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Telematics and Informatics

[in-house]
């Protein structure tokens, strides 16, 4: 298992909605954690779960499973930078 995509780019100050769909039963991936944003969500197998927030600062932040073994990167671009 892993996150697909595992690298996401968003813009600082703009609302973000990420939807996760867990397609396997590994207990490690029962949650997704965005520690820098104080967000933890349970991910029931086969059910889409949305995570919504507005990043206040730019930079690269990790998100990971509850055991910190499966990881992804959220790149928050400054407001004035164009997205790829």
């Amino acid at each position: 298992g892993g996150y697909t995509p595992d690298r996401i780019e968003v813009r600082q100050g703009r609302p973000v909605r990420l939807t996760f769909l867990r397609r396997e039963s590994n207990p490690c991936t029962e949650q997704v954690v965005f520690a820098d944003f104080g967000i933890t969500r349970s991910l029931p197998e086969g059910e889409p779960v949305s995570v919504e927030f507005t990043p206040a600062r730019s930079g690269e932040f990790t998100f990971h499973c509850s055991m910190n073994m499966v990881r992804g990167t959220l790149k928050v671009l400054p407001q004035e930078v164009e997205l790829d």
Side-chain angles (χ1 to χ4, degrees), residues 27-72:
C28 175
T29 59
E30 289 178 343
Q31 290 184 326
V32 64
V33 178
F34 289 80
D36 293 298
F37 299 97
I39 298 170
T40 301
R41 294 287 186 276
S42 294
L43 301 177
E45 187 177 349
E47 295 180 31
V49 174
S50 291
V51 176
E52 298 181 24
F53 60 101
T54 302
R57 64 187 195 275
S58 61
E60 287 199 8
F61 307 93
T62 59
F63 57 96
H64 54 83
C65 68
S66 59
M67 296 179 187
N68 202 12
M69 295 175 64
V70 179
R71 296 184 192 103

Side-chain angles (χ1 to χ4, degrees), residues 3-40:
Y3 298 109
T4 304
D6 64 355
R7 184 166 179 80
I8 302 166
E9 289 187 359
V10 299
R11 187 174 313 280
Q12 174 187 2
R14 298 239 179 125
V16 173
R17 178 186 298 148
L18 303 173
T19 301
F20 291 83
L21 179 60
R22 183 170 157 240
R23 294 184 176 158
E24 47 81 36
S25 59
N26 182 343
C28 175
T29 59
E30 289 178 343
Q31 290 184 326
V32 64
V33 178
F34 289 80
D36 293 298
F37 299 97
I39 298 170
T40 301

With the expansion of telecommunication and online technologies for the purpose of survey administration, the issue of measurement validity has come to the fore. The proliferation of automated audio services and computer-based survey techniques has been matched by a corresponding denigration of the quality of traditional phone survey data, most notably as an outcome of falling response rates. This trend, combined with the introduction of screening technologies and answering machines, represents a barrier to the proper execution of survey research. Whereas the question was once, “can technology-assisted surveys achieve the same level of validity as traditional phone surveys?”, the question now becomes, “what are the relative advantages and disadvantages of technology-assisted and phone surveys?” Each has its own challenges and opportunities, and this paper begins to explore these. The present study provides further insight into the validity of telephone and Internet survey data, and explores whether or not the robustness of relationships between variables varies by survey mode. Study data were provided by two surveys, the first of which was conducted in a metropolitan area of the Midwestern US, with interviews of 505 adults using a computer-aided telephone-interviewing (CATI) system. The second was a national survey of 2172 respondents conducted over the Internet by a commercial research firm that sends requests to a diverse set of potential respondents, who logged onto the survey site to participate. Results suggest that weighting in an attempt to achieve parametric matching does seem to increase robustness of relationships and, in this age of poor response rates, this seems to demand an increased use of parametric weightings. Implications of study findings for telematic survey practitioners are discussed.









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